February 11th, 2011

Abstract

A cryptanalyst is a code-breaker - someone who can transform ciphertext (unreadable) into plaintext (readable) without knowledge of a proper decryption key. This talk shows, by means of two examples, how specialized hardware can greatly increase the efficiency of the cryptanalyst. The first example goes back to World War II. The German forces protected their communications using Enigma encryption machines. With the help of an electro-mechanical computer, called the Bombe, Alan Turing and his colleagues were able to break Enigma-encrypted messages. The second example is a much more recent and ongoing effort. The company Certicom has posted a set of "ECC-Challenges", which are cryptanalytic problems based on Elliptic Curve Cryptography. An international team of researchers is building a gigantic distributed computer, aimed a breaking these challenges.

The talk will describe the efforts of Turing to break the Enigma, and the efforts of the ECC research team to break the ECC-Challenge. While both of these groups are living and working six decades apart, their stories are remarkably similar. Both teams make use of fundamental insight into a cryptographic algorithm to uncover a potential weakness. Both teams then turn that insight into a highly-parallel and high-performance machine. These two examples show how, in the race between cryptographers and cryptanalysts, brains a more important than technology. Second, these two examples further demonstrate how cryptographers have made enormous progress in the past years, apparently with greater strides than the cryptanalysts.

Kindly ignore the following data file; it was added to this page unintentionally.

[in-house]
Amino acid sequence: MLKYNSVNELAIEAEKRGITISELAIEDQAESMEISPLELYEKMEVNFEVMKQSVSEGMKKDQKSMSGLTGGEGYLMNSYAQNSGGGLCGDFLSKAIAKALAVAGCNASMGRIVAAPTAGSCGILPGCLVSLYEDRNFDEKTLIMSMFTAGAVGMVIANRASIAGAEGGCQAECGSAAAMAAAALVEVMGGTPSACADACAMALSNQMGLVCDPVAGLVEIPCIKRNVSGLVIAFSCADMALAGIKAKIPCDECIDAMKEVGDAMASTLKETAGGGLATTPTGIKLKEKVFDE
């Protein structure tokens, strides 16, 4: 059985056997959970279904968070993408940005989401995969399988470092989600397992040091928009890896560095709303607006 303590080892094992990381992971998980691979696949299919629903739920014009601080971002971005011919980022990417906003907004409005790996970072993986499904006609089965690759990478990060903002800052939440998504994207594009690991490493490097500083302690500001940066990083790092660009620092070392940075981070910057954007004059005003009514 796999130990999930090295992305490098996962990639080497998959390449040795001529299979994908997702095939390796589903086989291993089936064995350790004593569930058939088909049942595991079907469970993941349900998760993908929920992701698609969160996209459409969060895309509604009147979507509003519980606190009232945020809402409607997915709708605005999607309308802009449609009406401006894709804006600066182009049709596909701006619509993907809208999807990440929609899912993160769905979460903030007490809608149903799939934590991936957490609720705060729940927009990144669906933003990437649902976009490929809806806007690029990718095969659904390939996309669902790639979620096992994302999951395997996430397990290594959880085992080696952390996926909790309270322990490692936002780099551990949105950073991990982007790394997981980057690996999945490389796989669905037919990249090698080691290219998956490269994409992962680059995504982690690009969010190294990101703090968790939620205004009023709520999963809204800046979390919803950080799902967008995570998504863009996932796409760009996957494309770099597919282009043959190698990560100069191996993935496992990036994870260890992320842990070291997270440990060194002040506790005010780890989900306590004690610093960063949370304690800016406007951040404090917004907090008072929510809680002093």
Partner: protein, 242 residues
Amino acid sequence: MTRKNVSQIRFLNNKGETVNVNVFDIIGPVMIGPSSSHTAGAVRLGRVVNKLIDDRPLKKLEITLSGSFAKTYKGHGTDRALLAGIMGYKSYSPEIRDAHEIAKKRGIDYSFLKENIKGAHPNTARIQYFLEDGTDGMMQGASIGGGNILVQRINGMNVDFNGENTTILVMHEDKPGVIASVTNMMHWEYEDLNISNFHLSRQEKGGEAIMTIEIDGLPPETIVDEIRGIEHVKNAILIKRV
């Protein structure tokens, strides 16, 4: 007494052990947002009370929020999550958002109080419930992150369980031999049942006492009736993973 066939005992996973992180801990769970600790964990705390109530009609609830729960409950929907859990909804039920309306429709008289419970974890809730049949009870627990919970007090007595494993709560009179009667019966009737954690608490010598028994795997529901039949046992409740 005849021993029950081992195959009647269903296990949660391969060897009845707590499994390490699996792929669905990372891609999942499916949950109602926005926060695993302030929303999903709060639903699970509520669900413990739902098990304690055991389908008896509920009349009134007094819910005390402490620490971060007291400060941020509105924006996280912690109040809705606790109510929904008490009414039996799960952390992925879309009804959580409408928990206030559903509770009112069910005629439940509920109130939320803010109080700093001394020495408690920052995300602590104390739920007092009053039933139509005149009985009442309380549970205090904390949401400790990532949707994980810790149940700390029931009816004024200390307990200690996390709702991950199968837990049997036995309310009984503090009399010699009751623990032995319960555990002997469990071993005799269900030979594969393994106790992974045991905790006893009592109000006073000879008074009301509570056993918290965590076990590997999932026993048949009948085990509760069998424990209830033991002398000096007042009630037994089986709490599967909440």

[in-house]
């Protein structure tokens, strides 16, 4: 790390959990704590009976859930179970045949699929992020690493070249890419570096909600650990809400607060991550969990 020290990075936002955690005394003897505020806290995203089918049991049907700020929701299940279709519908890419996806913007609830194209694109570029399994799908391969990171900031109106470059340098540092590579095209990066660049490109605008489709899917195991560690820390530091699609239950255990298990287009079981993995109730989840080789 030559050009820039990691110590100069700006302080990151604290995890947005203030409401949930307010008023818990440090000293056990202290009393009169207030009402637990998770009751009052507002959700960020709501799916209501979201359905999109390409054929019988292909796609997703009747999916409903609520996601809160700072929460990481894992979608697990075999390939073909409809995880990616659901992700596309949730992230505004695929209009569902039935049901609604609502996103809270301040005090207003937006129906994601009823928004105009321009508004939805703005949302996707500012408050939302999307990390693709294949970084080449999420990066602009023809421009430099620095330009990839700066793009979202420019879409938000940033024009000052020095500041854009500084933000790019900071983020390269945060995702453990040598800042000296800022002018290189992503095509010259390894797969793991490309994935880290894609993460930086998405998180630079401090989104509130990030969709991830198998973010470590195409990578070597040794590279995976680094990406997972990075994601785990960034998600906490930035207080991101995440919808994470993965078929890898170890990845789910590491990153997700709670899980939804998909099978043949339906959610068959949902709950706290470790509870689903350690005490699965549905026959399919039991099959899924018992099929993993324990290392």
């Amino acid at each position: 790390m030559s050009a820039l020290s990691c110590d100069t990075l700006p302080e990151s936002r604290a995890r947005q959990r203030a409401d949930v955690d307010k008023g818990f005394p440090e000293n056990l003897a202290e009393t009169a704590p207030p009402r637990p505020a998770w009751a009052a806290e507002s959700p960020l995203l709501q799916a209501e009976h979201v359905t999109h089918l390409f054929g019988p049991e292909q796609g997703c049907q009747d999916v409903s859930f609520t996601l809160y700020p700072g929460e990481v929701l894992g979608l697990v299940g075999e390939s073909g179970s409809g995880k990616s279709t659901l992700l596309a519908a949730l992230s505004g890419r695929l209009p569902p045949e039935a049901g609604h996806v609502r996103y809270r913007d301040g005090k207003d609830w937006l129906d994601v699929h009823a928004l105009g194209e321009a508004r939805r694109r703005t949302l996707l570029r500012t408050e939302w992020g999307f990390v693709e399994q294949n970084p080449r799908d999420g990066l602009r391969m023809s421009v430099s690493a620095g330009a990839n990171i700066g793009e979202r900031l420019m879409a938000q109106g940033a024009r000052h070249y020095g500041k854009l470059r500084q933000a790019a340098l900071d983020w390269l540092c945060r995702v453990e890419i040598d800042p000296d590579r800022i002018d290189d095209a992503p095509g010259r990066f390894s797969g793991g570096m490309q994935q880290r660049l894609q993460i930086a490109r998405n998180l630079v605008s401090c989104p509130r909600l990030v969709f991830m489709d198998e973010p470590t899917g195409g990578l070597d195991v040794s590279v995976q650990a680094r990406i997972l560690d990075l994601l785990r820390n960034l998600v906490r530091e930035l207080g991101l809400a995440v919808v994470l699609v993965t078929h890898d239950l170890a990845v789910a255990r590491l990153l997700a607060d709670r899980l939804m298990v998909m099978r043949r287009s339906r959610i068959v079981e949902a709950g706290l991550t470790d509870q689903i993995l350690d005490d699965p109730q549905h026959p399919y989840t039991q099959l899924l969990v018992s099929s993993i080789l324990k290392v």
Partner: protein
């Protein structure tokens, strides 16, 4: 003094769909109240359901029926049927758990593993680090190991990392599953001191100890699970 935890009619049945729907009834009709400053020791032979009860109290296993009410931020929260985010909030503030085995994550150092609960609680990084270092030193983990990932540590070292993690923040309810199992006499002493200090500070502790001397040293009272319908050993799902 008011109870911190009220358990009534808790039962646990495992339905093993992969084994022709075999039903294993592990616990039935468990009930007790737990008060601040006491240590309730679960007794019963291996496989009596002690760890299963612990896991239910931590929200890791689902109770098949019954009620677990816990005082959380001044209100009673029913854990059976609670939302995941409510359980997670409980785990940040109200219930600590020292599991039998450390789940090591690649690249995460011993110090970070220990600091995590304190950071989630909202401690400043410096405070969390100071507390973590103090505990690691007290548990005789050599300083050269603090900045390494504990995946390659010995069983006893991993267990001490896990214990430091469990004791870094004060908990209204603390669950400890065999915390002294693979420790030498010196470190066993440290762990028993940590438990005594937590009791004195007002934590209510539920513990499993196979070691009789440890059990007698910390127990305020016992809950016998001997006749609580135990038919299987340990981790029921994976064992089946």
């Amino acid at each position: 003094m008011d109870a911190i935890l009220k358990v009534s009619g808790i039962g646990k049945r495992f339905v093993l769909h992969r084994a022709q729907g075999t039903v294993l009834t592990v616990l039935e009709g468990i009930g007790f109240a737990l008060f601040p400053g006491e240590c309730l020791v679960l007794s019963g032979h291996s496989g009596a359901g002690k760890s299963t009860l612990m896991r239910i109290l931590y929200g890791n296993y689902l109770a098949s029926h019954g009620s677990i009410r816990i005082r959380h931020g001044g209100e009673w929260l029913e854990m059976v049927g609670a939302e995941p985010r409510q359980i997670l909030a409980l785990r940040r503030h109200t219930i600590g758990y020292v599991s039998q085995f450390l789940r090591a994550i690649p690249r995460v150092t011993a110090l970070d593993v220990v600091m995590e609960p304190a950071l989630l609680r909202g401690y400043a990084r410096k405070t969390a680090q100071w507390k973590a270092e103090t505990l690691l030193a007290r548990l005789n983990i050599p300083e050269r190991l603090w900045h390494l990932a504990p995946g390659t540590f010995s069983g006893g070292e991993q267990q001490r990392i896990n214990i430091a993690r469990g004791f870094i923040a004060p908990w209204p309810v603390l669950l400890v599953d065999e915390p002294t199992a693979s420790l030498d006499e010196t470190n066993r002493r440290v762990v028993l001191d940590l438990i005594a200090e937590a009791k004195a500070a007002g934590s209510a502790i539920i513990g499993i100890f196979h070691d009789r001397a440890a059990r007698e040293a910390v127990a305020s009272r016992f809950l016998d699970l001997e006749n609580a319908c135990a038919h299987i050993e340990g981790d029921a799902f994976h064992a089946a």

About the speaker

Patrick Schaumont is Assistant Professor in Computer Engineering at Virginia Tech. He received the PhD degree in Electrical Engineering from UCLA (2004), and the MS degree in Computer Science from Rijksuniversiteit Ghent, Belgium (1990). His research interests include design of, and design methodologies for, secure embedded systems. At Virginia Tech, he is leading the Secure Embedded Systems group. He has served on the program committee of international conferences in this field such as CHES, DATE, DAC, IEEE HOST and IEEE MEMOCODE, and as guest editor for IEEE Design and Test Magazine, ACM Transactions on Reconfigurable Technology and Systems, and IEEE Transactions on Computer-Aided Design of Integrated Circuits. He is a senior member of the IEEE.

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